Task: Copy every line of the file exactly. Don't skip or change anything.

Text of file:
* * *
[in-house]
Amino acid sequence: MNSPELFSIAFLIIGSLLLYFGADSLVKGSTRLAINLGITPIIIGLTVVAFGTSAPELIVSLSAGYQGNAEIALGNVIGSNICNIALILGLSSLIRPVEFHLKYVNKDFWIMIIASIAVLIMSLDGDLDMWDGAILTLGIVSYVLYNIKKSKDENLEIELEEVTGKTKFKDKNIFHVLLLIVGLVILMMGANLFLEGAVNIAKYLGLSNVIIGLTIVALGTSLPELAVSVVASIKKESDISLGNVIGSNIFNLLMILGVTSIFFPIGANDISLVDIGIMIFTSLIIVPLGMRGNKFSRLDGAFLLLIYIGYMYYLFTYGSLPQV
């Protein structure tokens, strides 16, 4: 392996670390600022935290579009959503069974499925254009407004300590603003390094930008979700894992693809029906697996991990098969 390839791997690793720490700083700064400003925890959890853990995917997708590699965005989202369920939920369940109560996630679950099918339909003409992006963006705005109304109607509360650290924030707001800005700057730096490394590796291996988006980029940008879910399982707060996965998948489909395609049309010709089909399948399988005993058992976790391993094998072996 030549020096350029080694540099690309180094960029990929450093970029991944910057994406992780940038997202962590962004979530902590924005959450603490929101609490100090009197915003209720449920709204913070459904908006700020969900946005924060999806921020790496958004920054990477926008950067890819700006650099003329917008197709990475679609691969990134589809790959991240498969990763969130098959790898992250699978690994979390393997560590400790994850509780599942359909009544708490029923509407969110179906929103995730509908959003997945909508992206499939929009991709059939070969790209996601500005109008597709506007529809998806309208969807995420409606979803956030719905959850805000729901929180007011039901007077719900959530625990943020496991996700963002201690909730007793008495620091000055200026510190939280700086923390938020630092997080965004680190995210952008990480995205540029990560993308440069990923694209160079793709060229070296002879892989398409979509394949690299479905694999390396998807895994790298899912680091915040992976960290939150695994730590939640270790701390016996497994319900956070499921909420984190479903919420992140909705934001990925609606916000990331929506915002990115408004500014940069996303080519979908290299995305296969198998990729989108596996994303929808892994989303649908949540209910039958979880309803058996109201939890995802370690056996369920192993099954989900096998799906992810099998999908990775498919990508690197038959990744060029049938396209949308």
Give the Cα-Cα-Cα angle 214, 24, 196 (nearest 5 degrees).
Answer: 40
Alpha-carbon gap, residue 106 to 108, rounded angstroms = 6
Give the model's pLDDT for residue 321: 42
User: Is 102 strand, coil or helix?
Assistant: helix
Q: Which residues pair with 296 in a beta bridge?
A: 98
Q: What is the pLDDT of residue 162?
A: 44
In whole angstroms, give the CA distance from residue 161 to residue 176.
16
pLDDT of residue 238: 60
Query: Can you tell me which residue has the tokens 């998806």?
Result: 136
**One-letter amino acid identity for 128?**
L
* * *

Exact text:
[in-house]
Amino acid sequence: MNSPELFSIAFLIIGSLLLYFGADSLVKGSTRLAINLGITPIIIGLTVVAFGTSAPELIVSLSAGYQGNAEIALGNVIGSNICNIALILGLSSLIRPVEFHLKYVNKDFWIMIIASIAVLIMSLDGDLDMWDGAILTLGIVSYVLYNIKKSKDENLEIELEEVTGKTKFKDKNIFHVLLLIVGLVILMMGANLFLEGAVNIAKYLGLSNVIIGLTIVALGTSLPELAVSVVASIKKESDISLGNVIGSNIFNLLMILGVTSIFFPIGANDISLVDIGIMIFTSLIIVPLGMRGNKFSRLDGAFLLLIYIGYMYYLFTYGSLPQV
């Protein structure tokens, strides 16, 4: 392996670390600022935290579009959503069974499925254009407004300590603003390094930008979700894992693809029906697996991990098969 390839791997690793720490700083700064400003925890959890853990995917997708590699965005989202369920939920369940109560996630679950099918339909003409992006963006705005109304109607509360650290924030707001800005700057730096490394590796291996988006980029940008879910399982707060996965998948489909395609049309010709089909399948399988005993058992976790391993094998072996 030549020096350029080694540099690309180094960029990929450093970029991944910057994406992780940038997202962590962004979530902590924005959450603490929101609490100090009197915003209720449920709204913070459904908006700020969900946005924060999806921020790496958004920054990477926008950067890819700006650099003329917008197709990475679609691969990134589809790959991240498969990763969130098959790898992250699978690994979390393997560590400790994850509780599942359909009544708490029923509407969110179906929103995730509908959003997945909508992206499939929009991709059939070969790209996601500005109008597709506007529809998806309208969807995420409606979803956030719905959850805000729901929180007011039901007077719900959530625990943020496991996700963002201690909730007793008495620091000055200026510190939280700086923390938020630092997080965004680190995210952008990480995205540029990560993308440069990923694209160079793709060229070296002879892989398409979509394949690299479905694999390396998807895994790298899912680091915040992976960290939150695994730590939640270790701390016996497994319900956070499921909420984190479903919420992140909705934001990925609606916000990331929506915002990115408004500014940069996303080519979908290299995305296969198998990729989108596996994303929808892994989303649908949540209910039958979880309803058996109201939890995802370690056996369920192993099954989900096998799906992810099998999908990775498919990508690197038959990744060029049938396209949308």
Give the Cα-Cα-Cα angle 214, 24, 196 (nearest 5 degrees).
Answer: 40
Alpha-carbon gap, residue 106 to 108, rounded angstroms = 6
Give the model's pLDDT for residue 321: 42
User: Is 102 strand, coil or helix?
Assistant: helix
Q: Which residues pair with 296 in a beta bridge?
A: 98
Q: What is the pLDDT of residue 162?
A: 44
In whole angstroms, give the CA distance from residue 161 to residue 176.
16
pLDDT of residue 238: 60
Query: Can you tell me which residue has the tokens 């998806």?
Result: 136
**One-letter amino acid identity for 128?**
L